In our initial report on Insulet Corporation (NASDAQ:PODD), our primary focus was on (1) PODD's excessive and unexplained valuation (2) undisclosed Omnipod patient deaths (3) risks to 28,000 children who use the Omnipod (4) a continuing increase in FDA reported adverse events and (5) whistleblower allegations of patient death cover-up and a pay-off to presumably silence the whistleblower. We erred in not focusing more of our attention (i.e. just one paragraph) on an obvious competitive gap that exists for PODD in 2017-2018. We failed to drive home the fact that PODD's competitors are developing next generation products and at least two competitors, including the market leader, Medtronic (NYSE:MDT) and Johnson & Johnson (NYSE:JNJ) have new products that will enter the market in the next few months. For example, MDT has a recently approved product, the 670G (i.e. September '16). This is a next-generation product commonly referred to as an artificial pancreas ("AP"). As discussed in our initial report, PODD's President argued this device doesn't impact the Omnipod because it is not approved for children - which represent 30% of PODD's patient base. Analysts ignored the obvious fact that the other 70% of PODD's customer base can and may be tempted to try and could transition to these new AP devices. PODD is just now initiating a clinical trial of its competing AP device and does not expect it to enter the market until late 2018/2019. Therefore, MDT has a clear competitive advantage over the Omnipod until "late 2018" according to PODD's President herself - THERE IS A 2-YEAR PRODUCT GAP where Omnipod should struggle to compete in a fast-paced highly innovative market.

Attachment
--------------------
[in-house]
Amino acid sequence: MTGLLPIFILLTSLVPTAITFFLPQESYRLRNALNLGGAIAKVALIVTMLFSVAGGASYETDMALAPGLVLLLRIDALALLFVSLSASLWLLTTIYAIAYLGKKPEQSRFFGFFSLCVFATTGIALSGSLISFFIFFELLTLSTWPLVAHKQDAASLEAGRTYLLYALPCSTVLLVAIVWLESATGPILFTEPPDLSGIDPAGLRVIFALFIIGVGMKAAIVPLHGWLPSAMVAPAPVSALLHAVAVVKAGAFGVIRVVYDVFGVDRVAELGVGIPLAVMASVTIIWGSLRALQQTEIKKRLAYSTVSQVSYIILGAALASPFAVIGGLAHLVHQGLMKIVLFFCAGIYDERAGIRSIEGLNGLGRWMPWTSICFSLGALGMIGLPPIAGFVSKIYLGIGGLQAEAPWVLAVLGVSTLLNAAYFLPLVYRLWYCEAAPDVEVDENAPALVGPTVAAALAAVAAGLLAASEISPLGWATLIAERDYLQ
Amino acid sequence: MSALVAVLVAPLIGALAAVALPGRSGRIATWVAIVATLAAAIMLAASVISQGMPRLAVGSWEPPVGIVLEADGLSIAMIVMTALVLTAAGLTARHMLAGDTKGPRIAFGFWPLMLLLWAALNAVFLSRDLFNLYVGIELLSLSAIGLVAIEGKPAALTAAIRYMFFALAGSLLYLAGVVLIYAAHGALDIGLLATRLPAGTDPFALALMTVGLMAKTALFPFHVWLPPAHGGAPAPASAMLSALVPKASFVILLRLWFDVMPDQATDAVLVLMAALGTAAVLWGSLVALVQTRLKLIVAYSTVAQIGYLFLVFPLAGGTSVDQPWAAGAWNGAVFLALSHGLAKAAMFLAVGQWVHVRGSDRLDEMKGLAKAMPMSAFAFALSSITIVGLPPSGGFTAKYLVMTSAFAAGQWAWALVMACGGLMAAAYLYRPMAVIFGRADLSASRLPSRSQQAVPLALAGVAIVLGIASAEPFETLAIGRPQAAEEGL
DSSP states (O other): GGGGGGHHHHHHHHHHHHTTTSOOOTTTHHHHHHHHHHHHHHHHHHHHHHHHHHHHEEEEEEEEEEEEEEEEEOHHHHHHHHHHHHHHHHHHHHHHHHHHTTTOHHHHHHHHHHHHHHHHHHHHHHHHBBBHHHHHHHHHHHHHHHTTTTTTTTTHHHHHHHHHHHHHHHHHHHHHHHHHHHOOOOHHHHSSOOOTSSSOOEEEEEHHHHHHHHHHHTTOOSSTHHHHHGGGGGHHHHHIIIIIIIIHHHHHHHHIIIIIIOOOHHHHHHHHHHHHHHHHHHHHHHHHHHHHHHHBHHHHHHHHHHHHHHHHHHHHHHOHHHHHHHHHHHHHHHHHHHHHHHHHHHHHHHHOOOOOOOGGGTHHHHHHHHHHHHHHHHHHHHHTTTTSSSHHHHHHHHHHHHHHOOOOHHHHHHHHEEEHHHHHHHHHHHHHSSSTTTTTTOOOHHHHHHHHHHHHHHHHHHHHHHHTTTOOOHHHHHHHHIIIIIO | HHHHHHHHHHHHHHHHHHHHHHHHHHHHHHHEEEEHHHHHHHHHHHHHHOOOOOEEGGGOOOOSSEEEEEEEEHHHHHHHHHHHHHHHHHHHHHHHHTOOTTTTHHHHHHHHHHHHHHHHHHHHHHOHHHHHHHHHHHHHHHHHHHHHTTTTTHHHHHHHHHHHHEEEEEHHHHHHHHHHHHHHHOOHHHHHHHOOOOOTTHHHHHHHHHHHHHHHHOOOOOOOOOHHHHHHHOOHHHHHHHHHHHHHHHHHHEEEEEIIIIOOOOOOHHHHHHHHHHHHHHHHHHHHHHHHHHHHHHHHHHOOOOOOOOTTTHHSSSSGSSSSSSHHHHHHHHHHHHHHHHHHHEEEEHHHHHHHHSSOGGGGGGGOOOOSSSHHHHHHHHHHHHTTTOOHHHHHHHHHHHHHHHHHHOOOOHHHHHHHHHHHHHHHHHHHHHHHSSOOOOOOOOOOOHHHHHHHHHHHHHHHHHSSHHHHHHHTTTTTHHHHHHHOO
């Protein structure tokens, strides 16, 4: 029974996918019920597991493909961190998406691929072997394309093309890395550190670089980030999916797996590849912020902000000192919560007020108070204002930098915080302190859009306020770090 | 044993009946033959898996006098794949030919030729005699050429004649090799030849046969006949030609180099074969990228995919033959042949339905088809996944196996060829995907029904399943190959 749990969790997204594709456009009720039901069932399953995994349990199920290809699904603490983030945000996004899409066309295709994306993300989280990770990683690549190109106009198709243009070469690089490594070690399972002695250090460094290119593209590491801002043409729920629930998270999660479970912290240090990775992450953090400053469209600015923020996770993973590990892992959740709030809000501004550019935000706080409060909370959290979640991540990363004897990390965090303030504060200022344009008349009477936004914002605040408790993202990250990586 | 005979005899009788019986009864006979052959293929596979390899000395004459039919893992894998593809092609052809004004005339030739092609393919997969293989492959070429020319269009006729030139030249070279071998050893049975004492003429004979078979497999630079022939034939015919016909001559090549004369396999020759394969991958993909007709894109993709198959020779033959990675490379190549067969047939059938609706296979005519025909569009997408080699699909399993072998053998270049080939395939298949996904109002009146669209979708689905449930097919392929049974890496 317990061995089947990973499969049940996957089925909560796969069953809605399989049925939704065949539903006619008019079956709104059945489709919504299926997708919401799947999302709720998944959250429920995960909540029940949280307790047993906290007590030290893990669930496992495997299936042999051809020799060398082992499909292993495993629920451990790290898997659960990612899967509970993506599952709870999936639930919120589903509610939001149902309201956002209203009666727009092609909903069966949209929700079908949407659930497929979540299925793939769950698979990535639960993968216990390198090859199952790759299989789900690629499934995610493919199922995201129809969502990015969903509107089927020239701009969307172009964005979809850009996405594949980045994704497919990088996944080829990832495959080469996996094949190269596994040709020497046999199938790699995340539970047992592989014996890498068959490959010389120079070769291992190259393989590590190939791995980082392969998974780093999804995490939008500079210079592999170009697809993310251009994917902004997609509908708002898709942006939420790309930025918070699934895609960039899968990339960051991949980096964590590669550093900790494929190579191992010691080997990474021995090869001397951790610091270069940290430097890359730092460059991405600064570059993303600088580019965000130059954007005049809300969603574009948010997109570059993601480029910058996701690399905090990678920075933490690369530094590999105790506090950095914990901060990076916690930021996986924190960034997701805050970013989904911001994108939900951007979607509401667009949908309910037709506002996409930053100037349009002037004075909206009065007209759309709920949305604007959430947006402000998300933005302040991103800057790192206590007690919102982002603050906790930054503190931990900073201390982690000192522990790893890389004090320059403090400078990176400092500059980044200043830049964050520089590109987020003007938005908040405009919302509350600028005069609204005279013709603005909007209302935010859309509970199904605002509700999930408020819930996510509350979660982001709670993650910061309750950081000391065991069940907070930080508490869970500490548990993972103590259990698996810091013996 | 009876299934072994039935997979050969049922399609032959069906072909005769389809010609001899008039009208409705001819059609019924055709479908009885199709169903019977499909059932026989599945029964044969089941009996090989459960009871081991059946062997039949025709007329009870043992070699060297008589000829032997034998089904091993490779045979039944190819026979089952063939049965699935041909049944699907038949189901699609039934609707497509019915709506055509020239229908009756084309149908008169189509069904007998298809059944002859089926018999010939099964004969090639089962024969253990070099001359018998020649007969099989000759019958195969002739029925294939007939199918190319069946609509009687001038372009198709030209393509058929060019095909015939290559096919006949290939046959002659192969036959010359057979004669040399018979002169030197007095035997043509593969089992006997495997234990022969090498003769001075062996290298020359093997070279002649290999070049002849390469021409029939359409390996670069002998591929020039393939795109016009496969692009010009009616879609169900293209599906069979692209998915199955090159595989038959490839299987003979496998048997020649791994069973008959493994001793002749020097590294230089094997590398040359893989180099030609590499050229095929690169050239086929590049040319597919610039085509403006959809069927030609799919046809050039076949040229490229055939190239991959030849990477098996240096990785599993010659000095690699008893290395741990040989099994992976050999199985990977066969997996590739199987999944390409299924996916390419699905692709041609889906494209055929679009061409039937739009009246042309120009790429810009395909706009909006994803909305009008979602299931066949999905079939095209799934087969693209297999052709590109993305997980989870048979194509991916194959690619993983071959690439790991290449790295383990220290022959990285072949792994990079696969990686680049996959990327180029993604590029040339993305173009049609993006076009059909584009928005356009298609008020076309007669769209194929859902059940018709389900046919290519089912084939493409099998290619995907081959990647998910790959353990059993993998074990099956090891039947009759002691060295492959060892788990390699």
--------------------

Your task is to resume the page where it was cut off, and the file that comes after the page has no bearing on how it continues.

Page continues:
Our takeaways from yesterday's investor day:
1. Our initial report outlined 5 key thesis points presented above. Not one of these topics was discussed at the investor day by analysts or management. When the management of a public company refuse to answer questions on a topic it is because they are human and they may not wish to engage in a discussion about inflammatory topic such as those we included in our initial report. However, they do not have a right to hide or not fully disclose material events or facts from their shareholders. We believe that is what is happening now and that it is only a matter of time before these 5 issues pose legitimate problems for PODD's management and by association, its shareholders.
2. Yesterday we emailed the 16 analysts covering PODD analysts our initial report and numerous questions they could have asked at the investor day event. None of these questions were asked. We are not surprised. Sell-side analysts are called "sell-side" for a reason and they are not compensated to obtain and report on topics that present a negative view of the companies they cover. However, ignoring information we present to them may cross a line. We'll see how they react. Thus far, we have only seen 2 of 16 analysts release notes or updates about PODD following yesterday's event.